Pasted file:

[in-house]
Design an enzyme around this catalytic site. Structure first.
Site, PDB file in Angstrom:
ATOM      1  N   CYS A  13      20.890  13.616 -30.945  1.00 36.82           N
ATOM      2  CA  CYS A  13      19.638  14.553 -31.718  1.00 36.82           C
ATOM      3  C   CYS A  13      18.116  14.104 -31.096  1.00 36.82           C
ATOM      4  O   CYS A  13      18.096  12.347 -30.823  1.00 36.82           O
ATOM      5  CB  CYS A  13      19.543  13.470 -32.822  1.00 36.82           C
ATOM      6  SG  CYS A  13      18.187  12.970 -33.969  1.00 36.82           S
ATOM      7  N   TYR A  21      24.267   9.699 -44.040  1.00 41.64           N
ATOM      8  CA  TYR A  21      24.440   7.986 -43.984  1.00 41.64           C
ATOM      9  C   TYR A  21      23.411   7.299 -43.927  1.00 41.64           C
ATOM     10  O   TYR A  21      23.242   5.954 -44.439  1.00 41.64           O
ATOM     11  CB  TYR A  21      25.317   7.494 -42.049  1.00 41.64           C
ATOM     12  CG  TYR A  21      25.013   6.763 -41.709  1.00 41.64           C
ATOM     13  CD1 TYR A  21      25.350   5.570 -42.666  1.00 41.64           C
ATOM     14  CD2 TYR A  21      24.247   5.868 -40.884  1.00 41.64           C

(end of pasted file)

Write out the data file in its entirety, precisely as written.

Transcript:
[in-house]
Design an enzyme around this catalytic site. Structure first.
Site, PDB file in Angstrom:
ATOM      1  N   CYS A  13      20.890  13.616 -30.945  1.00 36.82           N
ATOM      2  CA  CYS A  13      19.638  14.553 -31.718  1.00 36.82           C
ATOM      3  C   CYS A  13      18.116  14.104 -31.096  1.00 36.82           C
ATOM      4  O   CYS A  13      18.096  12.347 -30.823  1.00 36.82           O
ATOM      5  CB  CYS A  13      19.543  13.470 -32.822  1.00 36.82           C
ATOM      6  SG  CYS A  13      18.187  12.970 -33.969  1.00 36.82           S
ATOM      7  N   TYR A  21      24.267   9.699 -44.040  1.00 41.64           N
ATOM      8  CA  TYR A  21      24.440   7.986 -43.984  1.00 41.64           C
ATOM      9  C   TYR A  21      23.411   7.299 -43.927  1.00 41.64           C
ATOM     10  O   TYR A  21      23.242   5.954 -44.439  1.00 41.64           O
ATOM     11  CB  TYR A  21      25.317   7.494 -42.049  1.00 41.64           C
ATOM     12  CG  TYR A  21      25.013   6.763 -41.709  1.00 41.64           C
ATOM     13  CD1 TYR A  21      25.350   5.570 -42.666  1.00 41.64           C
ATOM     14  CD2 TYR A  21      24.247   5.868 -40.884  1.00 41.64           C